Histological analysis of juvenile and adult gonads

Both juvenile and adult fish were sacrificed with an overdose of benzocaine (0.2 g/L). Gonad samples were dissected, fixed in Bouinʼs solution overnight at room temperature, and stored in ethanol 70% until further processing. Samples were dehydrated in ascending ethanol series, embedded in paraffin, sectioned transversally at 5 µm thickness, and stained with hematoxylin–eosin (HE). For immunohistochemistry analysis sections were deparaffined, re-hydrated, and submitted to antigen retrieval with citrate buffer (pH 6.0) in microwave for 10 min. Endogenous peroxidase activity was blocked using 3% H2O2 solution in 0.1 M PBS at room temperature for 30 min. Sections were rinsed in 0.1 M PBS and blocked with horse serum from ImmPRESS Universal reagent (Vector Laboratories). Sections were incubated with the primary antibody #189, specific for undifferentiated spermatogonia (1:500 dilution)44, for 16 h at 4 °C, rinsed in 0.1 M PBS, and incubated with ImmPRESS Universal secondary antibody (Vector Laboratories) for 30 min at RT. Then, sections were rinsed in 0.1 M PBS, incubated with ImmPACT DAB HRP substrate (Vector Laboratories), counter-stained with hematoxylin and mounted.

Analysis of growth and reproductive parameters in two-year-old fish

Total body weight (BW; g) and standard length (SL; cm) were measured for each fish. The condition factor K was calculated as K = 100 × BW/SL3 and the gonad weight (GW; g) was also measured for some fish to calculate the gonad-somatic index (GSI = GW/BW × 100). Reproductive parameters screened weekly by gentle abdominal pressure for ovulated females and spermiating males. Fish were anesthetized in benzocaine solution and the maximum quantity/volume of gametes were collected. This process was repeated every week only for males and for this reason the milt volume measurement was performed more than once in some fish, with the highest values considered as the milt volume for each male. Spermatozoa concentration was measured in a Neubauer chamber. For females, the total weight of ovulated oocytes and mean oocyte weight were counted. Those parameters were used to calculate the relative fecundity, which in females was presented as the oocyte number per gram of fish whereas in males it was presented as the milt volume in mL per g of fish.

The milt was diluted in buffered formaldehyde in the proportion of 1:1000 (milt: diluent solution) for spermatozoa morphological analysis. Samples were stained with Rose Bengal dye (3%) and analyzed under the microscope45. A total of 200 spermatozoa per male (n = 6 for each group in duplicate) were randomly selected and scored as "normal" or "abnormal", based on ovoid or triangular head shape, respectively46.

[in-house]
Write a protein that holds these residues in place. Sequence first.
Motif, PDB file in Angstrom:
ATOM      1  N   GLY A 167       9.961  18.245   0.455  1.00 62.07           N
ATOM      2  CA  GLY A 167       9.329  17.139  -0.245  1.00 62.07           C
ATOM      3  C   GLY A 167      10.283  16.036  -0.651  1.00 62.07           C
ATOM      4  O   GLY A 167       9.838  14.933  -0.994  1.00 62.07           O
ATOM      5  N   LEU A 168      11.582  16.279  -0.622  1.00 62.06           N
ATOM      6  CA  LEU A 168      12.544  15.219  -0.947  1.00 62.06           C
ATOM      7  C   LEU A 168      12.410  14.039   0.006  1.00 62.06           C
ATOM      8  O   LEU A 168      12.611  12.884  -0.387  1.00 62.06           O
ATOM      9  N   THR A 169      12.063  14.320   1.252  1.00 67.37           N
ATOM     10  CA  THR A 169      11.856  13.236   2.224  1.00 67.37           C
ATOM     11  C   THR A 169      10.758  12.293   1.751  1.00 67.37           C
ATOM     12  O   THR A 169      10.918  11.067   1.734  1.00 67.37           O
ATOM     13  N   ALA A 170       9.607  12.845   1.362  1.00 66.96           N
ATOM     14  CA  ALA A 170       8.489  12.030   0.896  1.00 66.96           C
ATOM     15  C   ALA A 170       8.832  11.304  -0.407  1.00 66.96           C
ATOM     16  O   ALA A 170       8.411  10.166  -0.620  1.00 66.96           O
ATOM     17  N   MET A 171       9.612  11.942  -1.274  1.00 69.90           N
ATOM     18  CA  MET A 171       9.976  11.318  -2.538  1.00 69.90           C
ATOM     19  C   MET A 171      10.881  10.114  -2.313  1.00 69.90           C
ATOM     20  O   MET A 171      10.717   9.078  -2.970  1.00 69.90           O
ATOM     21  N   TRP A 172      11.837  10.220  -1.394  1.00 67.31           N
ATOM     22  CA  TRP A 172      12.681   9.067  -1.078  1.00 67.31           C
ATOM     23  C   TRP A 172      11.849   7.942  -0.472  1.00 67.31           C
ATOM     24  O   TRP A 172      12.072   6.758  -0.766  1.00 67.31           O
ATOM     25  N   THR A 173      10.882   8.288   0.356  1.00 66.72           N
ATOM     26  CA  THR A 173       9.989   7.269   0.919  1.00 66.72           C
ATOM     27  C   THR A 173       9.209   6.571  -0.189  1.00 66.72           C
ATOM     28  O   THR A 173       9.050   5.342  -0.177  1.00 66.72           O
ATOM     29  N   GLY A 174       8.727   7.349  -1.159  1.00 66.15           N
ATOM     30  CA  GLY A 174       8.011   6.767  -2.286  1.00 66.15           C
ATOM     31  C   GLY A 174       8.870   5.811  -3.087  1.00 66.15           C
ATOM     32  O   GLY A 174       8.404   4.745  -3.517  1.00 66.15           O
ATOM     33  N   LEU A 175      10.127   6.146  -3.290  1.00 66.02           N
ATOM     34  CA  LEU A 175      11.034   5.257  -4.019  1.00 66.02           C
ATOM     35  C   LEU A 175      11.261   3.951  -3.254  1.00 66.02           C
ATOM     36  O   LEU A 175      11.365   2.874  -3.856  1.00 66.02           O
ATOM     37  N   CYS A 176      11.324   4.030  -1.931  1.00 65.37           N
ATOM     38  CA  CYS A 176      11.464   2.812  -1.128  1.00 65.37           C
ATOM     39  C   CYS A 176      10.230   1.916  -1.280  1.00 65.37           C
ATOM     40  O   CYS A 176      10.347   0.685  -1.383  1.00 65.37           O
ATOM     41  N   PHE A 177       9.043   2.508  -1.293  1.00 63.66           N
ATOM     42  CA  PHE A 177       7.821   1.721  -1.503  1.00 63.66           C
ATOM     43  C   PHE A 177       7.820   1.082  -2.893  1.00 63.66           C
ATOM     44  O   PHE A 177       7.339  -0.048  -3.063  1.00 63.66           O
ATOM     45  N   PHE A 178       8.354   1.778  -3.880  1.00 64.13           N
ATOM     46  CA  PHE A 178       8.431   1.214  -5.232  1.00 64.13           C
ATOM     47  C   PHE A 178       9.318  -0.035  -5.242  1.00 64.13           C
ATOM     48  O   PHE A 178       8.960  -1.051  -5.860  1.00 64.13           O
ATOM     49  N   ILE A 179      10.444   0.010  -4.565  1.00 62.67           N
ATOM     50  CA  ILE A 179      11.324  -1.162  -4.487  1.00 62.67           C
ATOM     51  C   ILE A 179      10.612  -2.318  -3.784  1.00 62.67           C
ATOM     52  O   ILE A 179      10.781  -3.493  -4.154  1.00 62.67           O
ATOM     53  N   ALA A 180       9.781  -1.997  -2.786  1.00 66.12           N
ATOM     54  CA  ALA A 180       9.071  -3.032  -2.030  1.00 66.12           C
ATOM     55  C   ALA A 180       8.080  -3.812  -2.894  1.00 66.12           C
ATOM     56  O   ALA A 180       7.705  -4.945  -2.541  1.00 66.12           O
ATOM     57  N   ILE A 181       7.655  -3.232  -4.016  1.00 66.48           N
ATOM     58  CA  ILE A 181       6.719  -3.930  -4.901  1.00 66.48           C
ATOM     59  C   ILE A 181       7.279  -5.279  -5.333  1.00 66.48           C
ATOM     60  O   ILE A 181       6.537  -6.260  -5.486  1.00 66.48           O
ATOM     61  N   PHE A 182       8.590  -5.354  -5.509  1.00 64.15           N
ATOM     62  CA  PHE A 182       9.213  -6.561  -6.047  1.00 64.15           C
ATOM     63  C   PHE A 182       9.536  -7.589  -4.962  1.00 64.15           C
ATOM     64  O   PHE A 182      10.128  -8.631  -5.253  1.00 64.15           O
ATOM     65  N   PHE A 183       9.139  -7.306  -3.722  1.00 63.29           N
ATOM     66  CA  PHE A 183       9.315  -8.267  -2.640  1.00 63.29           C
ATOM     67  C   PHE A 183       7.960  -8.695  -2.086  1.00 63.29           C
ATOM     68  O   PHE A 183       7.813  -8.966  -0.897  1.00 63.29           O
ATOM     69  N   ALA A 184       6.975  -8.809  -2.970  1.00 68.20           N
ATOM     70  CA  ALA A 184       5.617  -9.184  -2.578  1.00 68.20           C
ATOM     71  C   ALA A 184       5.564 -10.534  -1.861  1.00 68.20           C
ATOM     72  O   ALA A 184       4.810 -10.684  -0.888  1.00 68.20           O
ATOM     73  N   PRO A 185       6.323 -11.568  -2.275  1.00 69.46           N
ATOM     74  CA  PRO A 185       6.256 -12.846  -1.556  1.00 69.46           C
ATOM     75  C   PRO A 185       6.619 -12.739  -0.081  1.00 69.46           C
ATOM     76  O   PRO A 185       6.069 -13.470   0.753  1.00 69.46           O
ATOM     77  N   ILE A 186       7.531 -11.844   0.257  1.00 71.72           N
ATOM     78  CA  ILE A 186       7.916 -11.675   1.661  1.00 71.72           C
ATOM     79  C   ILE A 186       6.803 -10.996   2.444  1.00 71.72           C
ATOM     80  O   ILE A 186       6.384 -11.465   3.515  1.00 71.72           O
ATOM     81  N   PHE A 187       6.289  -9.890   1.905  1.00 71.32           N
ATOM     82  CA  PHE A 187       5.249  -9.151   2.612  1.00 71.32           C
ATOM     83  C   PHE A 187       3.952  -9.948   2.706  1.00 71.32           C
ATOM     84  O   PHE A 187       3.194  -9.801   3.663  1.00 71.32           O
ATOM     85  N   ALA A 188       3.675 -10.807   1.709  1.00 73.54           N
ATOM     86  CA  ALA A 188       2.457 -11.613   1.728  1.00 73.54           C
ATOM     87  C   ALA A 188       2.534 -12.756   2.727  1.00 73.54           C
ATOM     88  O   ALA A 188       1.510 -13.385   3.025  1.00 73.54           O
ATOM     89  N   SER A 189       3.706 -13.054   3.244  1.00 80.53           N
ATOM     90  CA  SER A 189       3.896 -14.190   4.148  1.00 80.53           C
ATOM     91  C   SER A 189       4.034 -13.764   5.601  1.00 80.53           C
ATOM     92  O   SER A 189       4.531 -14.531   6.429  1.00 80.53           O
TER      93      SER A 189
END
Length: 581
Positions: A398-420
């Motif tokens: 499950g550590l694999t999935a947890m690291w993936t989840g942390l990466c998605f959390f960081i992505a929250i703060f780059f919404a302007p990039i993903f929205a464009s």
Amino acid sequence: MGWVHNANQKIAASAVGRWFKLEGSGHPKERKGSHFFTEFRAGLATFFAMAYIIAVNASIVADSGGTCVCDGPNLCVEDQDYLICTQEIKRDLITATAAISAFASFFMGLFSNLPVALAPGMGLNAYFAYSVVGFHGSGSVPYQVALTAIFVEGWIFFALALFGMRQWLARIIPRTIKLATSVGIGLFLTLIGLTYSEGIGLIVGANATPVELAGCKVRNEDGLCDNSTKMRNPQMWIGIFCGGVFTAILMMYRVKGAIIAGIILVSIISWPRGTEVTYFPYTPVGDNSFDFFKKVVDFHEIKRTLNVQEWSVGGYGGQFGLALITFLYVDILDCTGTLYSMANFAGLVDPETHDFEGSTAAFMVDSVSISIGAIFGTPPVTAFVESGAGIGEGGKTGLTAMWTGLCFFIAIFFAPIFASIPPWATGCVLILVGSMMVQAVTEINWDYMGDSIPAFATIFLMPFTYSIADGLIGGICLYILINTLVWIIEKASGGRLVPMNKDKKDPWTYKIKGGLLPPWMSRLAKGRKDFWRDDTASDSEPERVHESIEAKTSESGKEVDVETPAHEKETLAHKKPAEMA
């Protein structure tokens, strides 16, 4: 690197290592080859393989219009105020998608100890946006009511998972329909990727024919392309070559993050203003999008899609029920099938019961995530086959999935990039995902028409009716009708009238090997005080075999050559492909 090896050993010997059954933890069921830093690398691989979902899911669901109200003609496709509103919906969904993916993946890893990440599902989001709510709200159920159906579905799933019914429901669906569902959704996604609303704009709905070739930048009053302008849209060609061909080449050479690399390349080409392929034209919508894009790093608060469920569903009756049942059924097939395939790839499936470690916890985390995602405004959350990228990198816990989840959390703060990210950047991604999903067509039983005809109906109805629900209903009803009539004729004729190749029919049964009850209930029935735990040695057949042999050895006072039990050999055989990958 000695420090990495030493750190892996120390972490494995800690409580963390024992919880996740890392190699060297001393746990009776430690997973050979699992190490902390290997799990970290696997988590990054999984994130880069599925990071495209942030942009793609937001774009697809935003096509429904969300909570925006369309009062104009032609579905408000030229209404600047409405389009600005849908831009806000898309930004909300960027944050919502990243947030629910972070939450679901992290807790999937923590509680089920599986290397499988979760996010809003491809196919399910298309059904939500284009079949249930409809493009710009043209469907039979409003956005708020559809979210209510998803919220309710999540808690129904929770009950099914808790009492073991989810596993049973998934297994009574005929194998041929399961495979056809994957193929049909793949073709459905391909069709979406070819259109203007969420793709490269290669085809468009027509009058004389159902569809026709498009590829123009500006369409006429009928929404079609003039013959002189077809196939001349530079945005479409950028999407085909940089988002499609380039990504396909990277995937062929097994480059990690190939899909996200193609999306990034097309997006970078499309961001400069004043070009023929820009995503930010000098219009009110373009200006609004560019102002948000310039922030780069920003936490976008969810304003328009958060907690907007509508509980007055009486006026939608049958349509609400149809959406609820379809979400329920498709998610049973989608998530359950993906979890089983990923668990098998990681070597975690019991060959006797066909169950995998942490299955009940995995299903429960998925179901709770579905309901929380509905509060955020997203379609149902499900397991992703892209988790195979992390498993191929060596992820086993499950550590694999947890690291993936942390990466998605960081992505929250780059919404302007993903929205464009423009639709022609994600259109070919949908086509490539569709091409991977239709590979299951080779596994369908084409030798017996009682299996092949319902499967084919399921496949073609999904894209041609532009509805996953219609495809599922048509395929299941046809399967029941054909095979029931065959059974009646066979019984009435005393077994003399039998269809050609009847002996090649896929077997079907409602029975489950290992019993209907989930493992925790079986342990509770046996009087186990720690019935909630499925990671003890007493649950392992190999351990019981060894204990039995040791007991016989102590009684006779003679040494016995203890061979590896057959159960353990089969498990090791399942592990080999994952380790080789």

Computer analysis of sperm motility

The activation process for fresh milt was performed using 1 μL of milt and 400 μL of 0.01% NaHCO3 (25 °C, 0.0 mOsm·kg−1), as activator solution. Six spermiating-males for each of WT and CT groups were randomly selected. Images and videos were captured as described in previous studies47,48,49 and processed following the description of the components required for CASA application through a free software47, with settings adapted from Lahnsteiner et al.50. Spermatozoa that presented curvilinear velocity (VCL), average path velocity (VAP), velocity in straight line (VSL), above 20, 10, and 3 µm s−1, respectively, were considered as motile. Besides those parameters the motility rate (MOT), straightness (STR), wobble (WOB), and progression (PROG) were also measured. Those analyses were performed for 1 s (100 images) at different post-activation times (5, 10, 15, 20, 25, and 30 s), with three videos for each male.

Evaluation of fertilization, hatching, and abnormality rates in progeny

In the analysis using 2 year-old-fish, a total of 12 WT males were crossed with 13 CT females and conversely 6 WT females were crossed with 11 CT males (see scheme in Fig. 5A). For those crosses, 27 g of oocytes were inseminated with 2 mL of milt. In the following year, three-year-old males from WT (n = 8) and CT (n = 12) were crossed with eggs from a single CT female, in order to evaluate whether the effects observed in progeny from two-year-old-fish were restricted to fish from that age. Spermatozoa were activated using a sodium bicarbonate solution (0.01%). Eggs were then hydrated with rearing water for 20 min. and incubated at 11 °C in UV-treated water under constant flow, following conditions described in a previous study51. The percentage of fertilization at eyed-egg stage, hatching rate, and abnormality in eleuteroembryos were quantified for each cross. Embryos with deformities such as twisted body or swimming with circular movements were considered as abnormal.

Survival and growth performance of WT males-derived progeny